Activity-based epidemic propagation and contact network scaling in auto-depending metropolitan areas
Journal or Book Title
We build on recent work to develop a fully mechanistic, activity-based and highly spatio-temporally resolved epidemiological model which leverages person-trajectories obtained from an activity-based model calibrated for two full-scale prototype cities, consisting of representative synthetic populations and mobility networks for two contrasting auto-dependent city typologies. We simulate the propagation of the COVID-19 epidemic in both cities to analyze spreading patterns in urban networks across various activity types. Investigating the impact of the transit network, we find that its removal dampens disease propagation significantly, suggesting that transit restriction is more critical for mitigating post-peak disease spreading in transit dense cities. In the latter stages of disease spread, we find that the greatest share of infections occur at work locations. A statistical analysis of the resulting activity-based contact networks indicates that transit contacts are scale-free, work contacts are Weibull distributed, and shopping or leisure contacts are exponentially distributed. We validate our simulation results against existing case and mortality data across multiple cities in their respective typologies. Our framework demonstrates the potential for tracking epidemic propagation in urban networks, analyzing socio-demographic impacts and assessing activity- and mobility-specific implications of both non-pharmaceutical and pharmaceutical intervention strategies.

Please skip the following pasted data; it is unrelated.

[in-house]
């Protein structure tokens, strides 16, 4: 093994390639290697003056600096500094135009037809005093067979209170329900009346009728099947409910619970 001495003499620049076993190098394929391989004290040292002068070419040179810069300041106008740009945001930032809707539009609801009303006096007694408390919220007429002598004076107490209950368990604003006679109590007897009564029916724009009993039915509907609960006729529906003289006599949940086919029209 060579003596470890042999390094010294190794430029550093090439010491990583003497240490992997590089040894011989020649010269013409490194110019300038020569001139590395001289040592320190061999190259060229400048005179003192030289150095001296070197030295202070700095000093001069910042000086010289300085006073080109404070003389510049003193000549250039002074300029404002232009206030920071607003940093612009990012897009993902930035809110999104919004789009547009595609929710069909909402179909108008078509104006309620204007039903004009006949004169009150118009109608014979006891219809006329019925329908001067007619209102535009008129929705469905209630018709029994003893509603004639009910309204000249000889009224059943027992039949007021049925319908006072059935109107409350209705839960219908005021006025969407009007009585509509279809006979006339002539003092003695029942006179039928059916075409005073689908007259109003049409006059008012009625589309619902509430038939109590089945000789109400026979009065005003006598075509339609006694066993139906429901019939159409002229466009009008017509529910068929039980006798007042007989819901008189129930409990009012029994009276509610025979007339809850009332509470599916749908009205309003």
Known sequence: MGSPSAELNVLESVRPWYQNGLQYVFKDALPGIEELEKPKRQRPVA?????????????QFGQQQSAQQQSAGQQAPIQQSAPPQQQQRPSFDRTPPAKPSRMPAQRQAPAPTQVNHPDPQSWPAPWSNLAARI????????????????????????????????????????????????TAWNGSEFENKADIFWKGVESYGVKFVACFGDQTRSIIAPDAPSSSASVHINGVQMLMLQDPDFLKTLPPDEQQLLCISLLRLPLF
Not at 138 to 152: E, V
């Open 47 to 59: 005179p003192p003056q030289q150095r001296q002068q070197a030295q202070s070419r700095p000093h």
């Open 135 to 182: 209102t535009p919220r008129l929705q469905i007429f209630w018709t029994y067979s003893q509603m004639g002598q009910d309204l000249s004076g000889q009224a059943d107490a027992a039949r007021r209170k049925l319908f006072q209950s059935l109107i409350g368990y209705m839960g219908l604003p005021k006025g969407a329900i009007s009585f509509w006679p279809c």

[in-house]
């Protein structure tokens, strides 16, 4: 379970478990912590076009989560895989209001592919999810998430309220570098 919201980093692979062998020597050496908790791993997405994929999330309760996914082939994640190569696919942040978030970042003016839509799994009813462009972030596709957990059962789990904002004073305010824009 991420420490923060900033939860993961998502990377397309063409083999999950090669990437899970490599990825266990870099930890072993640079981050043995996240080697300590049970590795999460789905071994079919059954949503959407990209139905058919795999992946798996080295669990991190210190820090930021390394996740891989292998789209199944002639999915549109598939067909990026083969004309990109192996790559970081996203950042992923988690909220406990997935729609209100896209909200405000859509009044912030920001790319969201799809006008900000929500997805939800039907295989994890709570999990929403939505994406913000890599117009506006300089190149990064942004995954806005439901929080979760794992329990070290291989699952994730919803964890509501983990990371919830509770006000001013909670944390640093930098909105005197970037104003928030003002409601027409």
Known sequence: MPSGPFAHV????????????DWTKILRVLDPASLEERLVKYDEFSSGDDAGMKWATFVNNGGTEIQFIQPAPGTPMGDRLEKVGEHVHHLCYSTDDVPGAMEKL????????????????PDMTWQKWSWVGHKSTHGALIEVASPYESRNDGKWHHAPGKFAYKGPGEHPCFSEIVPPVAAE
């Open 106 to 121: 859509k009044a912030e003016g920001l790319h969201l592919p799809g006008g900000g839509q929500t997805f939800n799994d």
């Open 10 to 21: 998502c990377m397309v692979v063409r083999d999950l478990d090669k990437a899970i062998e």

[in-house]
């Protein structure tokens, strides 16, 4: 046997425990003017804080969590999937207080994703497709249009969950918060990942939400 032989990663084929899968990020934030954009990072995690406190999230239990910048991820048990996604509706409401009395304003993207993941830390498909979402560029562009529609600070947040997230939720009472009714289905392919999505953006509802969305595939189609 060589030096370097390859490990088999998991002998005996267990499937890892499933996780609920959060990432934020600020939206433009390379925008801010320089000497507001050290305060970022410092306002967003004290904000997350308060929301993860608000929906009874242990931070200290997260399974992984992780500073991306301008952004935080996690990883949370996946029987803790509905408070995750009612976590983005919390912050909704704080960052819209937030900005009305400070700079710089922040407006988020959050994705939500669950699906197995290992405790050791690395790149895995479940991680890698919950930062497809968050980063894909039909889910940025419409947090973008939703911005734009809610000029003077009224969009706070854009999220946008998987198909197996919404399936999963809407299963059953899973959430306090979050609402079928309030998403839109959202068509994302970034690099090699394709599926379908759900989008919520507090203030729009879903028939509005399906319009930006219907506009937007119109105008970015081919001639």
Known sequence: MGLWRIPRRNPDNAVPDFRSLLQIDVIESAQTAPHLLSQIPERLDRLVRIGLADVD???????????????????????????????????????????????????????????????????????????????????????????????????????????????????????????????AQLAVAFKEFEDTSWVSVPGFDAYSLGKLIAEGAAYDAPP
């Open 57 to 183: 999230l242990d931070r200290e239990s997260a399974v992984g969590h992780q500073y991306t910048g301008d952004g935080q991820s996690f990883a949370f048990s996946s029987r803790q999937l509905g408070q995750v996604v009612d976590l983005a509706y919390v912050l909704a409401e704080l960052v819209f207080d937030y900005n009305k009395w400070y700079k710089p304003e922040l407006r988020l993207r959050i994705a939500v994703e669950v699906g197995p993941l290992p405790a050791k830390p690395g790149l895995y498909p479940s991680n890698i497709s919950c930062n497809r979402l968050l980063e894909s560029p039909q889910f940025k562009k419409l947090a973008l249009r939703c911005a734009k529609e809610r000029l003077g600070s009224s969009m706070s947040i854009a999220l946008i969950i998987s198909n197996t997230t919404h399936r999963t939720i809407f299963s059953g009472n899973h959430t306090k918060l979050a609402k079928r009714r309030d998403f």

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Kumar, Nishant; Oke, Jimi; and Nahimias-Biran, Bat-hen, "Activity-based epidemic propagation and contact network scaling in auto-depending metropolitan areas" (2021). Scientific Reports. 852.